motion for sanctions and concluded the interests of justice would be best served by taking up the
merits of Plaintiff’s motion. The Court specifically excused Plaintiff’s failure to confer, citing
the unique circumstances of the case. Furthermore, from the tenor of the repeated exchanges
between counsel during the disputed Rule 30(b)(6) depositions and in the briefing on the motion
for sanctions, the Court does not find, as Screenworks suggests, that requiring Plaintiff to confer
with Screenworks’ counsel would have resulted in the resolution of all the issues. Notably, even
after Plaintiff filed his motion for sanctions citing compelling authority substantiating the
improper deposition objections by Screenworks’ counsel, Screenworks maintained its vigorous
opposition to the motion.
Having determined that an award of Plaintiff’s reasonable expenses is warranted, the
Court next proceeds to determine what amount of Plaintiff’s expenses to apportion to
Screenworks. The Court has reviewed the briefing, affidavits, billing statements, and other
documentation supporting Plaintiff’s requested amount of expenses and considered the
arguments raised in Screenworks’ response in opposition to the motion for an award of expenses.
The Court has also considered the various factors set forth in Rule 1.5(a) of the Model Rules of
Professional Conduct, as adopted by the Kansas Supreme Court,2 which are to be used in
determining the reasonableness of a lawyer’s fee. Based upon its review, the Court concludes
that a reduction of the $9,035 amount requested is justified.
In determining the reasonableness of hours spent in relation to a discovery motion, the
Court considers factors such as the complexity of the issues raised, the need to review the record
and pleadings, and the need to conduct legal research, in addition to the length of the briefing.3
The court must also analyze whether the applicant has exercised “billing judgment,” and may
reduce the number of hours devoted to specific tasks if the number of hours claimed by counsel
includes hours that were “unnecessary, irrelevant, and duplicative.”4 When performing such an
adjustment, the court need not identify and justify each disallowed hour but need only articulate
reasons for a general reduction of hours needed to arrive at a reasonable number of hours.5
The District of Kansas has adopted the Model Rules of Professional Conduct as adopted by the
Kansas Supreme Court. See D. Kan. Rule 83.6.1(a).
Rogers v. Bank of Am., N.A., No. 13-1333-CM, 2014 WL 6632944, at *3 (D. Kan. Nov. 21,
Id. at *2 (quoting Carter v. Sedgwick Cty., Kan., 36 F.3d 952, 956 (10th Cir. 1994)).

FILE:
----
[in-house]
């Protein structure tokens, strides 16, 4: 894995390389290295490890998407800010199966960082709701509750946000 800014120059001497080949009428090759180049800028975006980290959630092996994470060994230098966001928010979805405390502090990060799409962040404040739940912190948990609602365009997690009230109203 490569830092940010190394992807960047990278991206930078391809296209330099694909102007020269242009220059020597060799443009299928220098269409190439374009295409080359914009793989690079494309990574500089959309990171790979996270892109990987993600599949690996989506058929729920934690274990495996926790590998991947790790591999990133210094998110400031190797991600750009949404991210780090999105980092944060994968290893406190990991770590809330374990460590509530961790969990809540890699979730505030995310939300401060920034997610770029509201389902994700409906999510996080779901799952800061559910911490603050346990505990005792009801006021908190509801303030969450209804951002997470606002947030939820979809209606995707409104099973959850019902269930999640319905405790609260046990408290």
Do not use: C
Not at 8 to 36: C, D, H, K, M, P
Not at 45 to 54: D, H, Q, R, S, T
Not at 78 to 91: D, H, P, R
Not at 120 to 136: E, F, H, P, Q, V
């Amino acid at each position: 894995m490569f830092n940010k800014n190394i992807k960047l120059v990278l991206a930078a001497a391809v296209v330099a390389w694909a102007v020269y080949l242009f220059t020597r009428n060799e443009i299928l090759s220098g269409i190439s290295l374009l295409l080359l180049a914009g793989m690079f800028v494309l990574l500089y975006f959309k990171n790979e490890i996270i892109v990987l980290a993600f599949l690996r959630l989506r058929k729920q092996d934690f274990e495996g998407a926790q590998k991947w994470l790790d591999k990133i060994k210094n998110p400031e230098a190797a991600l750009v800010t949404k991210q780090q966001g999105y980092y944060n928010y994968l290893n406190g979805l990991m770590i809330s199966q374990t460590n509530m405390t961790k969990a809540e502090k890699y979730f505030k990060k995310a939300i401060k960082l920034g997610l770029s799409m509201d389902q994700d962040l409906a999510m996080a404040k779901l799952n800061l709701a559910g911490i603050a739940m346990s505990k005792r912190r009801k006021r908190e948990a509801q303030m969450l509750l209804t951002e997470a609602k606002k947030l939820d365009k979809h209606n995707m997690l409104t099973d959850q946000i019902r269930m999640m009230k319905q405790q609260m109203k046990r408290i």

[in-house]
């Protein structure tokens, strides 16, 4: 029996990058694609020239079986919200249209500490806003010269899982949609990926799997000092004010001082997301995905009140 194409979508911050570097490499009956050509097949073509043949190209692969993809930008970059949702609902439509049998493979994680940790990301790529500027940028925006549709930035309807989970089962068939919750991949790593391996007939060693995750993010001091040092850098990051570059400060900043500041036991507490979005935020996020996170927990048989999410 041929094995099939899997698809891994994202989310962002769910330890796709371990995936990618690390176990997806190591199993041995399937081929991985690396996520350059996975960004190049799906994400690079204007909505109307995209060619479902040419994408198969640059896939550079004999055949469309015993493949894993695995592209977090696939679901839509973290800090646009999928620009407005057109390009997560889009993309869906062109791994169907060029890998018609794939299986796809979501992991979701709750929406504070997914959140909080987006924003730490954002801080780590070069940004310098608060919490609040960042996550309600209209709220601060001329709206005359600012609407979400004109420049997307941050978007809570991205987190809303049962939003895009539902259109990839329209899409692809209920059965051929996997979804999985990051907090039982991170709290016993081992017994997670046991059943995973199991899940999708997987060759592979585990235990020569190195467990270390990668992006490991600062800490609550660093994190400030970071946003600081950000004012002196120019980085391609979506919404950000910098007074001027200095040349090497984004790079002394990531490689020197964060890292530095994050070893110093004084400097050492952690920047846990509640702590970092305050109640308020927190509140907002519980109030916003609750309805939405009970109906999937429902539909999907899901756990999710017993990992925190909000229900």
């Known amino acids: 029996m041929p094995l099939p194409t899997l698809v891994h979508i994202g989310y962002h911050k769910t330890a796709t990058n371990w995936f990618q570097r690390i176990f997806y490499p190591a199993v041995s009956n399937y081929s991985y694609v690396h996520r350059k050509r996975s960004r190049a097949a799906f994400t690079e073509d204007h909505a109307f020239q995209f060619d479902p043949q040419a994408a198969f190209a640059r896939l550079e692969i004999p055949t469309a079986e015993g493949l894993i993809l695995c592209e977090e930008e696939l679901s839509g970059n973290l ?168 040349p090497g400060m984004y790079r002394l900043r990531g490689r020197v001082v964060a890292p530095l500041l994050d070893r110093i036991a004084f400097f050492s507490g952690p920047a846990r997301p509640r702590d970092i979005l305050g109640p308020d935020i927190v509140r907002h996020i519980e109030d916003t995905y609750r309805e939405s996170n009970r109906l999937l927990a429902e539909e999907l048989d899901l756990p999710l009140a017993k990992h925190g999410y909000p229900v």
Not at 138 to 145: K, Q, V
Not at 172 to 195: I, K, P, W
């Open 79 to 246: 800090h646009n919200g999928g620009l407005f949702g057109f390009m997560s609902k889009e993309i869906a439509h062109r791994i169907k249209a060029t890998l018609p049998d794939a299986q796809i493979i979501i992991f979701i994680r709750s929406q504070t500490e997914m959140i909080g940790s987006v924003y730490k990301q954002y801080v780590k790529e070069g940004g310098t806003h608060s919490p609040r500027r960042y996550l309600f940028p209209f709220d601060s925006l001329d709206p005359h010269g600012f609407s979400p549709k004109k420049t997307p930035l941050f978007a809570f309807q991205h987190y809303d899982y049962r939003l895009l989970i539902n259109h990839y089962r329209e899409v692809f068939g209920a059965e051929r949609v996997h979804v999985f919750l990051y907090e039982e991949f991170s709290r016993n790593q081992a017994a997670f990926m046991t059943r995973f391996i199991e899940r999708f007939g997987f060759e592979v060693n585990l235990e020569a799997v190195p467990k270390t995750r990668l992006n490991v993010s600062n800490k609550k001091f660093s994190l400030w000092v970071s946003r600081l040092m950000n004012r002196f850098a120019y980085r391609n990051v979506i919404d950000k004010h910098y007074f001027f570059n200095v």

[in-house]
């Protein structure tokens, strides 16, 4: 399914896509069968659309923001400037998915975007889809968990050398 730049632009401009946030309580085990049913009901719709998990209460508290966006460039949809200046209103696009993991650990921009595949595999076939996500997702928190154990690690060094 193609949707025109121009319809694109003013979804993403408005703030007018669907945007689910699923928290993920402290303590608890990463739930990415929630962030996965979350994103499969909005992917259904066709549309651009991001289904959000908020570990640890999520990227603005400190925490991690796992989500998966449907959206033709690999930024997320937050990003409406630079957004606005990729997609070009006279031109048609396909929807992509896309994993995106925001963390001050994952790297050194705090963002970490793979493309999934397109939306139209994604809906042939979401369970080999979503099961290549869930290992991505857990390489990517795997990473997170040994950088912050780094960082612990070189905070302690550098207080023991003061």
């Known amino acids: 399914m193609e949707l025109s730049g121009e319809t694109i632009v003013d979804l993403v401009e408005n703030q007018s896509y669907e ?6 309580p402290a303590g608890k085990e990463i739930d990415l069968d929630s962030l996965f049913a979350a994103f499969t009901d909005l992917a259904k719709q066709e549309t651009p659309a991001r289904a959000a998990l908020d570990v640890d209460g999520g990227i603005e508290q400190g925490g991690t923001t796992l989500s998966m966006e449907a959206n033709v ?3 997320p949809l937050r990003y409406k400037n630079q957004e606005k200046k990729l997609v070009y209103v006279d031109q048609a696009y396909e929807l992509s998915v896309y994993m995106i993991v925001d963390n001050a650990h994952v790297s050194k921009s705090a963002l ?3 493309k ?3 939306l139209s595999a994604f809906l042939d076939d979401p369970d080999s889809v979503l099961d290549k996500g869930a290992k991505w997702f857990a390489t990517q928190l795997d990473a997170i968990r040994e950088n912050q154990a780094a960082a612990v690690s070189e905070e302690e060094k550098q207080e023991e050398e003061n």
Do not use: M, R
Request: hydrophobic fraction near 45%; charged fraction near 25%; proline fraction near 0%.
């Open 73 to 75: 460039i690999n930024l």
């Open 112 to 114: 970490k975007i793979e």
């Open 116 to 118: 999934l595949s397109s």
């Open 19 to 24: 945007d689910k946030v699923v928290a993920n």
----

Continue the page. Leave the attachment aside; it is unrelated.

Id. (citing Case v. Unified Sch. Dist. No. 233, Johnson Cty., Kan., 157 F.3d 1243, 1250 (10th
Plaintiff’s counsel included extensive time on briefing and time spent on activities that
would have been performed even if no motion to compel was necessary, such as reviewing
deposition transcripts. There is also overlapping and duplicitous time spent reviewing work
performed by other attorneys at the full billing rate. After taking these circumstances into
consideration, the Court concludes that awarding Plaintiff his reasonable expenses, including
attorneys’ fees, in the amount of $2,500.00 is a reasonable apportionment.
Finally, the Court considers who is responsible for payment of the expenses incurred by
Plaintiff. To the extent possible, an award of fees and expenses under Rule 37(a)(4) should be
imposed only upon the person or entity responsible for the conduct giving rise to the award.6 In
the event the Court determines that the party’s attorney rather than the party itself is responsible,
the award should be paid by the attorney’s law firm rather than the individual attorney.7 Here,
there is no indication that Screenworks was responsible for the improper objections asserted by
its attorney during the depositions or for the failure to properly prepare its Rule 30(b)(6)
witnesses. The Court therefore finds that the expenses must be paid by defense counsel’s law
IT IS THEREFORE ORDERED THAT Plaintiff’s Motion for Award of Expenses
(ECF No. 94) is granted in part and denied in part. Pursuant to Fed. R. Civ. P. 37(a)(5)(A),
Plaintiff is hereby awarded the amount of $2,500.00 as his reasonable expenses, including
attorneys’ fees, that he incurred in making his prior Motion for Sanctions. This sum shall be
paid by defense counsel’s law firm and shall be paid to Plaintiff within ten (10) days of the date
Swackhammer v. Sprint Corp. PCS, 225 F.R.D. 658, 666 n.36 (D. Kan. 2004); Kansas
Wastewater, Inc. v. Alliant Techsystems, Inc., 217 F.R.D. 525, 532 n.28 (D. Kan. 2003).
Kansas Wastewater, 217 F.R.D. at 532 n.28 (holding law firm rather than individual attorneys
responsible for payment of fees and expenses awarded under Rule 37(a)(4)); McCoo v. Denny’s, Inc., 192
F.R.D. 675, 697 (D. Kan. 2000) (same).
of filing of this Order A receipt or affidavit showing tha such paym has been made shall be
filed at th time of pa
IT IS FURTH
ERED THA Defendan Screenwor request for oral
argument is DENIED
IT IS SO ORD
Dated in Kan City, Ka
ansas, this 19 day of D
Teresa J. Jam
U S. Magistr Judge